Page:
Appendicostomy

Overview

The Antegrade Colonic Enema (ACE) surgery, also referred to as an Appendicostomy or MACE procedure, involves using a part of your appendix to create a passageway from your abdomen to your colon (large intestine). You or your child’s life may be affected by severe constipation or fecal incontinence. This method helps in the regulation of bowel motions and helps flush the colon.

If you have problems going to the bathroom (pooping), you might be a good candidate for this procedure. Some medical conditions make it difficult to control your bowel movements. These may be congenital problems affecting your colon, rectum, or anus. If you suffer from nerve disorders (neuropathies) that cause messages to be sent to your anus, the ACE surgery may also be beneficial.

Reason for undergoing the procedure

When all other methods of controlling bowel movements have failed, you can benefit from an ACE surgery. Prior to considering the ACE surgery for either adults or children, healthcare providers could recommend the following:

  • Bowel training or biofeedback.
  • Dietary changes.
  • Medications such as bowel stimulants.
  • Supplements such as fiber supplements.

The ACE surgery can be used on both adults and children. You might not be able to control when you pass stool or be unable to pass stool at all. If you have a history of any of the following, you or your child might benefit from the MACE procedure.

  • Anorectal malformation.
  • Fecal incontinence.
  • Hirschsprung disease.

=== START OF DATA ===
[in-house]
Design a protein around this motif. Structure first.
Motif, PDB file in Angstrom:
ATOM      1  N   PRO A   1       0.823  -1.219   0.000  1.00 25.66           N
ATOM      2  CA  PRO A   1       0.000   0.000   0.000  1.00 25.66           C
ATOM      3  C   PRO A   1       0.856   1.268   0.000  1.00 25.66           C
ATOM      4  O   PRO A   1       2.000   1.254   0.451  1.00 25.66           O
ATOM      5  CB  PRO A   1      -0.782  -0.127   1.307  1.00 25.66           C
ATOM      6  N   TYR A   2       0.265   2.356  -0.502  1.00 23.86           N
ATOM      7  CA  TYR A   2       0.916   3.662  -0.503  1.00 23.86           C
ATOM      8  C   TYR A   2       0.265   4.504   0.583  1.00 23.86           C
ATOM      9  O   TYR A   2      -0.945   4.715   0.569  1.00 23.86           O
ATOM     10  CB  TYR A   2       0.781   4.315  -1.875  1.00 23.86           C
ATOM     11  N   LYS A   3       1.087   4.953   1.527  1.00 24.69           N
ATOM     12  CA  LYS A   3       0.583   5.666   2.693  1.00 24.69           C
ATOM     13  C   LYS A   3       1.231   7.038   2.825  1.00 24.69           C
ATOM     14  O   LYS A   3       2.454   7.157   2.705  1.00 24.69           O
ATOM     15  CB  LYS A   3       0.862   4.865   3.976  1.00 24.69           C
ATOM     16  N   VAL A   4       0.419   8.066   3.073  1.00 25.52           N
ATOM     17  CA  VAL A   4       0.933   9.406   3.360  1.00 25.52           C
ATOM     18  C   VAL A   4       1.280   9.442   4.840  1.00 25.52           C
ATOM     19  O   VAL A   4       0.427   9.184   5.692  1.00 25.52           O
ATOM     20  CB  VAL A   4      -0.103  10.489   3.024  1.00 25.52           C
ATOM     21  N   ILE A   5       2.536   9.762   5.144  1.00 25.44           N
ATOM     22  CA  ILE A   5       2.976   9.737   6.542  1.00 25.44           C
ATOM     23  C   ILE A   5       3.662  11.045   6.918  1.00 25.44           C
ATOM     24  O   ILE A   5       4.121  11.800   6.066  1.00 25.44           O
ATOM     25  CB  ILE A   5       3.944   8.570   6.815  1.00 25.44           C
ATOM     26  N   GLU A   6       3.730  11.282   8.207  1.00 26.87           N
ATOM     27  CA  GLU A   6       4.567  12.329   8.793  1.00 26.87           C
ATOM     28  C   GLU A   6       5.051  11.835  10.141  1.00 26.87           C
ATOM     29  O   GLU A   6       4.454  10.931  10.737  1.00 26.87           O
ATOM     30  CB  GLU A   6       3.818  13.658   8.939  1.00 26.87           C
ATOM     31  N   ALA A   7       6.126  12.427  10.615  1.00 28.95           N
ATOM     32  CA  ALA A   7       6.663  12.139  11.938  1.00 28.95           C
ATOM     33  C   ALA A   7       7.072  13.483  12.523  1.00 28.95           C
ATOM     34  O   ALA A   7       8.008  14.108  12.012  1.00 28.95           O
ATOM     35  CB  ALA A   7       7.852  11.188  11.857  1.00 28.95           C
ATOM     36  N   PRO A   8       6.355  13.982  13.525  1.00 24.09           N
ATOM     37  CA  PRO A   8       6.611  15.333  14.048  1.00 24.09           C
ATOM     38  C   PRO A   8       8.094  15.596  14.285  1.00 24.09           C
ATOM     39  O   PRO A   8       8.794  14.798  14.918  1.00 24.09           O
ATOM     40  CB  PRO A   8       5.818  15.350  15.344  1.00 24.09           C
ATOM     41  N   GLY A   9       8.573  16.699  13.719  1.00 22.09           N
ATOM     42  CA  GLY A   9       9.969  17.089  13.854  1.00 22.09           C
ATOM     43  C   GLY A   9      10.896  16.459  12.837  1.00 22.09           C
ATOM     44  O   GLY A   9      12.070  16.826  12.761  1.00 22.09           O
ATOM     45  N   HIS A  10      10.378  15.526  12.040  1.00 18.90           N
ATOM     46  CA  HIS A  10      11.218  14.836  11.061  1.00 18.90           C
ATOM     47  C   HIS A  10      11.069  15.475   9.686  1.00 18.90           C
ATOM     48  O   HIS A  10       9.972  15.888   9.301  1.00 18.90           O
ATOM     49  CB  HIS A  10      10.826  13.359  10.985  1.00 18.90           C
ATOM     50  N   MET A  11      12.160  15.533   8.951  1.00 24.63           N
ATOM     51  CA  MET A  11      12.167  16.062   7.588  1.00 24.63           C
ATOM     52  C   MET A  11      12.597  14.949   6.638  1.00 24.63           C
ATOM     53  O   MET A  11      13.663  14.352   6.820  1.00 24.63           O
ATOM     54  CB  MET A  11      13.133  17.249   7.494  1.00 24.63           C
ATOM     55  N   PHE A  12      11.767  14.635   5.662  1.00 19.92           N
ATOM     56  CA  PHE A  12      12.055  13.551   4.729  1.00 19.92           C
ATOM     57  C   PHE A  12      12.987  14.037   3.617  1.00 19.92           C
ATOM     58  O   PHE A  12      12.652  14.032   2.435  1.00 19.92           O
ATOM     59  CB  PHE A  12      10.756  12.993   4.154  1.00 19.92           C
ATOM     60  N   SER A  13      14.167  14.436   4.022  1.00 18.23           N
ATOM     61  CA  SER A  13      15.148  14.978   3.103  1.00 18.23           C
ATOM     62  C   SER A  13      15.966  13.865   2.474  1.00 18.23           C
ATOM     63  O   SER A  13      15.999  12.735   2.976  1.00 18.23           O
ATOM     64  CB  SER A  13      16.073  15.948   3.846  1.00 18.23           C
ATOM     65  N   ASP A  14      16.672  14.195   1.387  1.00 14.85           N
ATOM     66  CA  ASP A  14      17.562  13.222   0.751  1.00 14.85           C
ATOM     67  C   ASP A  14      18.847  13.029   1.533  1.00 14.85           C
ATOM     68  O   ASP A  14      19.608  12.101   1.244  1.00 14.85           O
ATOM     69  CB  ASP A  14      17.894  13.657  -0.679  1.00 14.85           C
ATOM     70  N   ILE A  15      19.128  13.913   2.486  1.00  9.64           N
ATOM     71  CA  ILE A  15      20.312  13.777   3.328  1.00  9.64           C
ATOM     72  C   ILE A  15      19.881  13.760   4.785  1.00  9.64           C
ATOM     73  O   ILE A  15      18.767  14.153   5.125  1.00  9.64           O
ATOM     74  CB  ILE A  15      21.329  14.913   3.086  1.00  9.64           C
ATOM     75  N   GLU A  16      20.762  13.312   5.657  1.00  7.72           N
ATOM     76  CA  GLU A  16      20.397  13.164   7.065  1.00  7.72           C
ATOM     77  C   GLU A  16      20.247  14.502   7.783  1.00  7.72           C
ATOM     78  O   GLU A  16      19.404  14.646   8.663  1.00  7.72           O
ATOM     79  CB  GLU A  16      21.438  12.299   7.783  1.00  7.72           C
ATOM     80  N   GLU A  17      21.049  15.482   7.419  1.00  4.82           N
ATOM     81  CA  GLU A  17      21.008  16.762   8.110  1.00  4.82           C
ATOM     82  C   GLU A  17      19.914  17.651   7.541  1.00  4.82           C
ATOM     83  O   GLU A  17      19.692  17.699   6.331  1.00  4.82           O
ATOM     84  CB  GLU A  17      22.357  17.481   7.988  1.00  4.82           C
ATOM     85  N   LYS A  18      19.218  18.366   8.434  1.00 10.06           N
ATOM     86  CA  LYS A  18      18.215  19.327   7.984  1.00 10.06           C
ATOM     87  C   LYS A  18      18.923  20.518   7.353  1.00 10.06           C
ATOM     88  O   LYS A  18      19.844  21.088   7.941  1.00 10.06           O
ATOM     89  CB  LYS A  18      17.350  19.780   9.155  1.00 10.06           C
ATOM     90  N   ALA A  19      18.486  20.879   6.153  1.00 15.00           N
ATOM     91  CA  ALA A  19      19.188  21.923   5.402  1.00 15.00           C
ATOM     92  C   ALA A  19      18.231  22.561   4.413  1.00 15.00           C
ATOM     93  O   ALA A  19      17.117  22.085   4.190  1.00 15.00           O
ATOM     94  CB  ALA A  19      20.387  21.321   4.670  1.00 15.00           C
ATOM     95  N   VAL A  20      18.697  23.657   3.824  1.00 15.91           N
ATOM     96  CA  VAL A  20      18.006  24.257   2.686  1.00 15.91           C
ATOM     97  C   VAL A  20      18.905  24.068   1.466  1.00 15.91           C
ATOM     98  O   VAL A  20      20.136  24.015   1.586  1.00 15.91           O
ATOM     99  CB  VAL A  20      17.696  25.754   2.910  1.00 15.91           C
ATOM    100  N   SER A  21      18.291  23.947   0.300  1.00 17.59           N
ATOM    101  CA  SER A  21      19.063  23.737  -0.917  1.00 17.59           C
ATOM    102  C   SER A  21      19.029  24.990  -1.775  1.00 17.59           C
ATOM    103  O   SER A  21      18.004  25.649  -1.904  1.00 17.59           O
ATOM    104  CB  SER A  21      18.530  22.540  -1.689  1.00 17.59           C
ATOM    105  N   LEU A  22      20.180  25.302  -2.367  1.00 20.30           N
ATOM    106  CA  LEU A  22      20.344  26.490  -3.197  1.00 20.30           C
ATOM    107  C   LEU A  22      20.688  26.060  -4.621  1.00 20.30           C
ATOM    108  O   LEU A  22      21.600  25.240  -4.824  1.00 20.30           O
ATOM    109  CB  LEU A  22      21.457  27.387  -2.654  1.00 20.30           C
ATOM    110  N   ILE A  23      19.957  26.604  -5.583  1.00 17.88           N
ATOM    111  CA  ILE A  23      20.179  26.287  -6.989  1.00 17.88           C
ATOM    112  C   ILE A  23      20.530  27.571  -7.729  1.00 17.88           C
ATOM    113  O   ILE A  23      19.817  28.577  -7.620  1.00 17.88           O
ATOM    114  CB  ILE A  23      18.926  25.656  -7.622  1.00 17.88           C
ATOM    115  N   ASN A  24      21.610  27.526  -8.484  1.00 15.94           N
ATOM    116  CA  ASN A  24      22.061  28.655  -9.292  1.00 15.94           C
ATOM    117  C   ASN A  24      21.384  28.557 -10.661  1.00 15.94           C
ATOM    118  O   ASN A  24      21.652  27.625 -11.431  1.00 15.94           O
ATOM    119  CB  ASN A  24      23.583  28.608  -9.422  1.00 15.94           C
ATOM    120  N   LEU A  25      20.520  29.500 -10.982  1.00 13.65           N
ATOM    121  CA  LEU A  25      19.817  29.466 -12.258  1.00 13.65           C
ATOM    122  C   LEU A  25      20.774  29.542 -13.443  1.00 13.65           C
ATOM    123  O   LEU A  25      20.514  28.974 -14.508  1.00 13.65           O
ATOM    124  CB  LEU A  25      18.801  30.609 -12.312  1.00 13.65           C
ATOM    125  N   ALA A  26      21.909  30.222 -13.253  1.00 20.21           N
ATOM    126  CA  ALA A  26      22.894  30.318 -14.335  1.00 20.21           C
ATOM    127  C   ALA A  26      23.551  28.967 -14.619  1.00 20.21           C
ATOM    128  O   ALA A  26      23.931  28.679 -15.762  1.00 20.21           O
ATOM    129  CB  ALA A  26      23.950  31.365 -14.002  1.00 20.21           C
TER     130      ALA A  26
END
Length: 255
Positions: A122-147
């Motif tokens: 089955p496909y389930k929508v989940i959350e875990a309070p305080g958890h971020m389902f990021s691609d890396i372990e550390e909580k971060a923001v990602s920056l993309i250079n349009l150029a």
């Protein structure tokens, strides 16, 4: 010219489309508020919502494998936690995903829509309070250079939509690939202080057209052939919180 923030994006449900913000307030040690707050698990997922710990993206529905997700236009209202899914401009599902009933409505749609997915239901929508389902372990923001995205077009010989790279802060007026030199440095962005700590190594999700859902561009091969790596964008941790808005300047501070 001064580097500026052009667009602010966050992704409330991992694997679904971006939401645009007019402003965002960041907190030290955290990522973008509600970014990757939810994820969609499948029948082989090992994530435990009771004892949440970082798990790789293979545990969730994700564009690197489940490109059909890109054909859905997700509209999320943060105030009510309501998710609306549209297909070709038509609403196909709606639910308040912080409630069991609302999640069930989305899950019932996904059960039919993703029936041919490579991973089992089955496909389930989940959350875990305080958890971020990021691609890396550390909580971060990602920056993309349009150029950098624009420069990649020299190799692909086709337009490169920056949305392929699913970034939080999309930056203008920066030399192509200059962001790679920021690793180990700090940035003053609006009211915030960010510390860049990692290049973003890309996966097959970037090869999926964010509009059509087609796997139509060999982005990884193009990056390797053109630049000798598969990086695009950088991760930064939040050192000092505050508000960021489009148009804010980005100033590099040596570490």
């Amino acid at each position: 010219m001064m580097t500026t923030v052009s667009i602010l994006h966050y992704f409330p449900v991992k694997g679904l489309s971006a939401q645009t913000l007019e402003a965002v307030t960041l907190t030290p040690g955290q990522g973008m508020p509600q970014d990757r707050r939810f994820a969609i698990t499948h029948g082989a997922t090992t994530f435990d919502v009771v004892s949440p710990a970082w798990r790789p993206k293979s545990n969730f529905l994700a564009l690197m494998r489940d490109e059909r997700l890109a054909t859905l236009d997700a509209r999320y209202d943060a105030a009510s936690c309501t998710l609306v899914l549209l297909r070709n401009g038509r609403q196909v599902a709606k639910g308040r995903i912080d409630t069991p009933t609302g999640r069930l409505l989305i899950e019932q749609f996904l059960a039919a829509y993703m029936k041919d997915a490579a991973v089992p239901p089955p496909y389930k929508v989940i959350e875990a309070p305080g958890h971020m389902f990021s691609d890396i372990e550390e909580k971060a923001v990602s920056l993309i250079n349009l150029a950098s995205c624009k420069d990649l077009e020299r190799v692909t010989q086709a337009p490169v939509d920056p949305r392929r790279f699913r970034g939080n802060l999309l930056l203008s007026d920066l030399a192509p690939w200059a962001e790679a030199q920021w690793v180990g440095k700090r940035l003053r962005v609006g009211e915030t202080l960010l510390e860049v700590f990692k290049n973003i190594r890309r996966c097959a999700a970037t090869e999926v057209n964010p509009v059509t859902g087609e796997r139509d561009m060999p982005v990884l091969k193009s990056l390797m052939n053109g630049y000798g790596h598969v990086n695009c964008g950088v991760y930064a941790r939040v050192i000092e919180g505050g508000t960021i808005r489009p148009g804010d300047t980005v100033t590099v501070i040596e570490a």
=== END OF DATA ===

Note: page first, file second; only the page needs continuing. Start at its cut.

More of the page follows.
• Severe constipation.
  • Spina bifida.

Risk

Bowel function problems may not always be resolved with ACE surgery. It’s still possible for you or your child to have constipation or fecal incontinence. Additional problems consist of:

  • Fluid or feces leaking from your anus.
  • The stoma becomes narrower.

Before the procedure

To prepare you for the ACE surgery, the healthcare provider will instruct you to do the following:

  • When you should stop eating or drinking before the ACE surgery.
  • Tell the healthcare provider if you or your child is taking any medication, they will instruct you if you or your child could take the medication.

During the procedure

Your healthcare provider creates a small hole (stoma) in the abdomen during the ACE surgery. Usually, this occurs on the right side of your abdomen or in your belly button. Surgeons performing the surgery will do the following:

  • Use a little portion of your intestine or appendix to create a tube.
  • Insert the tube into the large intestine.
  • Attach the tube to your abdomen’s stoma.
  • They insert a catheter to maintain the stoma open.

An ACE surgery is usually performed through laparoscopic surgery by healthcare providers. The process may need two hours or more.

After the procedure

You will learn how to use a catheter inserted into your stoma to flush liquids from your healthcare team. Individuals are often sent home the same or next day.

Outcome

An ACE surgery can help manage bowel movements, allowing you or your child to go without soiling diapers for extended periods. During this procedure, the bowels are flushed using an enema, ensuring privacy as the stoma remains discreet. Most activities, including sports, can still be enjoyed.

After ACE surgery, the stoma is typically maintained for about a month. Patients are advised to avoid strenuous lifting and sports for four to six weeks post-surgery. After this period, the ACE tube may be removed, leaving access for flushing only when needed with a tube.

It’s crucial to seek medical attention if experiencing these symptoms:

  • Bloated abdomen
  • Fever
  • Nausea and vomiting
  • Pain at the surgery site or during flushing
  • Redness or swelling at the surgery site